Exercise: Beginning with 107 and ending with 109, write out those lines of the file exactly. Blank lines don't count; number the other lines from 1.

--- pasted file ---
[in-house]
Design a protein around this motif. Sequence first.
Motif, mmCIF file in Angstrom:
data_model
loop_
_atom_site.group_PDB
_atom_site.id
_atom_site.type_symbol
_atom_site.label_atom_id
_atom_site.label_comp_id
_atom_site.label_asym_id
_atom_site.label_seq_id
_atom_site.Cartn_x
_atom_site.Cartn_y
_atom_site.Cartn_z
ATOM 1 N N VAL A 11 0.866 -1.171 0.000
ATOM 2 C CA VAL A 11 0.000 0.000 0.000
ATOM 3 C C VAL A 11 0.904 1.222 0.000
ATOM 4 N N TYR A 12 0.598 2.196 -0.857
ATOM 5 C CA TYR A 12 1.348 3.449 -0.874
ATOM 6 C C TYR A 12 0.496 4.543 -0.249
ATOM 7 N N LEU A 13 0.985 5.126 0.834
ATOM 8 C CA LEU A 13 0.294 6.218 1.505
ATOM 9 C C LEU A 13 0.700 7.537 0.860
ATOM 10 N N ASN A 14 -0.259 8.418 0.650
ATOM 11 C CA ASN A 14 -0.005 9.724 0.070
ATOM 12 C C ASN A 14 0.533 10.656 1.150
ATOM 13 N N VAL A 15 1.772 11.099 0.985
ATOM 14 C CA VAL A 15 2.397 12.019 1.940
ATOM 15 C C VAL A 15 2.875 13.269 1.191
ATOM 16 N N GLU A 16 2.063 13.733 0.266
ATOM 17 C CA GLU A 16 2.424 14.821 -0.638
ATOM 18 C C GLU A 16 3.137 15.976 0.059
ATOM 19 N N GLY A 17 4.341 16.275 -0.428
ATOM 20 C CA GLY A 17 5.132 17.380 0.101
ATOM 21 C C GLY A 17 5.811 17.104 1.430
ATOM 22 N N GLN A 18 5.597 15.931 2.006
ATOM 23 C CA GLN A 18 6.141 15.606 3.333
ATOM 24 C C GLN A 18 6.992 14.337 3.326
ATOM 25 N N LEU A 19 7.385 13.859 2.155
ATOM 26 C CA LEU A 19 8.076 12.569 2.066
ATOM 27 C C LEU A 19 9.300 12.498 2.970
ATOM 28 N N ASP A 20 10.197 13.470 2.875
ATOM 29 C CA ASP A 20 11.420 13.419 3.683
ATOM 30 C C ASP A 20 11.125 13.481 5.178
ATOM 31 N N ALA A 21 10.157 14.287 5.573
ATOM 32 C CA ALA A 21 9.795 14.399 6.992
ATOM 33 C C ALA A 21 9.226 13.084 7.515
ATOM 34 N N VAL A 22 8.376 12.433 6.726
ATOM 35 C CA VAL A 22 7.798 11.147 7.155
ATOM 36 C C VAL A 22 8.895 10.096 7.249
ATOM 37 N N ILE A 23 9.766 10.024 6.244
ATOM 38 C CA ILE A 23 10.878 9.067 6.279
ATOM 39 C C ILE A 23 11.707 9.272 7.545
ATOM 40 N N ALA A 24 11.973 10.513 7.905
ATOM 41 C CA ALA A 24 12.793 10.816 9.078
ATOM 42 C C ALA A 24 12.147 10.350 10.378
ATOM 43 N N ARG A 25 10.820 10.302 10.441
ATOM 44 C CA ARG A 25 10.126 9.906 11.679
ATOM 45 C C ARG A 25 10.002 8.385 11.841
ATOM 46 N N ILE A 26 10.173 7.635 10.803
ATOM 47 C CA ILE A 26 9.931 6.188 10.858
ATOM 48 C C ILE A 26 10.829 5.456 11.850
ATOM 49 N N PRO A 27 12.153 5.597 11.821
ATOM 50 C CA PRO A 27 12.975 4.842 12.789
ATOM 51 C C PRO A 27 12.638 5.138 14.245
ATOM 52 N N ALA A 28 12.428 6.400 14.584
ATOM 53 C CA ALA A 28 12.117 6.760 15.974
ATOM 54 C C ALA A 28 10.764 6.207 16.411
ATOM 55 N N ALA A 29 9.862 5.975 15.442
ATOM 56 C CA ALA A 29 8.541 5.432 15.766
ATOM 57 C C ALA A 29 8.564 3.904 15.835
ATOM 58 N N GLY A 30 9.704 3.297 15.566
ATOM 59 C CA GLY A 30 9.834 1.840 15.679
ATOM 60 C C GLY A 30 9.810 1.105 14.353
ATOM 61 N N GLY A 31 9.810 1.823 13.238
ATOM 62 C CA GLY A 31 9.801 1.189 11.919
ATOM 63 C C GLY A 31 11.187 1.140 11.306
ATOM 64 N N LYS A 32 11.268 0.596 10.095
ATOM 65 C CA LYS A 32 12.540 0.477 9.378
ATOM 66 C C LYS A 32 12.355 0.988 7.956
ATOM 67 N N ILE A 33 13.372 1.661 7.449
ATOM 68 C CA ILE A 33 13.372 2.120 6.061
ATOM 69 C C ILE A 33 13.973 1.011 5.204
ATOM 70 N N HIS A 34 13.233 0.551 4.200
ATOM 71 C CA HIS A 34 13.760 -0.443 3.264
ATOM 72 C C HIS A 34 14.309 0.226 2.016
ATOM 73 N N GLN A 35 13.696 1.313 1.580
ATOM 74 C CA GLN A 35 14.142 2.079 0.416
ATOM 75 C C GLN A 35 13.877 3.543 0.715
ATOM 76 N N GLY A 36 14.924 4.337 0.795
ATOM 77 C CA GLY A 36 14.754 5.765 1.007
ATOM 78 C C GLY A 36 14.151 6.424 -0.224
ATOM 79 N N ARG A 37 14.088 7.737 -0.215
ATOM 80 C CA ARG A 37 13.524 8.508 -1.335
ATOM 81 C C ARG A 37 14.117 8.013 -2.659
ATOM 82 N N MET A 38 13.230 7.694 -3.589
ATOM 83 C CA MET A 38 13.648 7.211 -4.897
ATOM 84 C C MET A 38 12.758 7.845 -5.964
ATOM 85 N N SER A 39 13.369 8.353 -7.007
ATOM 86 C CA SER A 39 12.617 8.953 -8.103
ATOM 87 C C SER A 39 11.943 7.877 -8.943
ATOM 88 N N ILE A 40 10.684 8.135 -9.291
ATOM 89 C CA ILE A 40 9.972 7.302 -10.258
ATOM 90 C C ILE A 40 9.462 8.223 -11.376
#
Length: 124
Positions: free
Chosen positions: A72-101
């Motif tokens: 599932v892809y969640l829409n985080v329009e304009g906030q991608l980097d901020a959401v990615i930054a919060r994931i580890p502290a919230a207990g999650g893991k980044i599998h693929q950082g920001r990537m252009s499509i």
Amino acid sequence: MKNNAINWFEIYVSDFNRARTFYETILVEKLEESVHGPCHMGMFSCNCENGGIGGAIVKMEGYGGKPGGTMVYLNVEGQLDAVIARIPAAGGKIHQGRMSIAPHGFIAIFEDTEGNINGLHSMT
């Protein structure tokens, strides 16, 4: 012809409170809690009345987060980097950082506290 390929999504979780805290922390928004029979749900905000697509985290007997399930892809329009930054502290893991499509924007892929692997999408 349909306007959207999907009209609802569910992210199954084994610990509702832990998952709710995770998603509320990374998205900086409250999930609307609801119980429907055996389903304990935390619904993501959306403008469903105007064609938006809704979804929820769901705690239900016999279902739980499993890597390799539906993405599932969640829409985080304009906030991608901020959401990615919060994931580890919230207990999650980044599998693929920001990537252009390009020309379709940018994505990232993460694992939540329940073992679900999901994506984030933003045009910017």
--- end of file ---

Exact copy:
Length: 124
Positions: free
Chosen positions: A72-101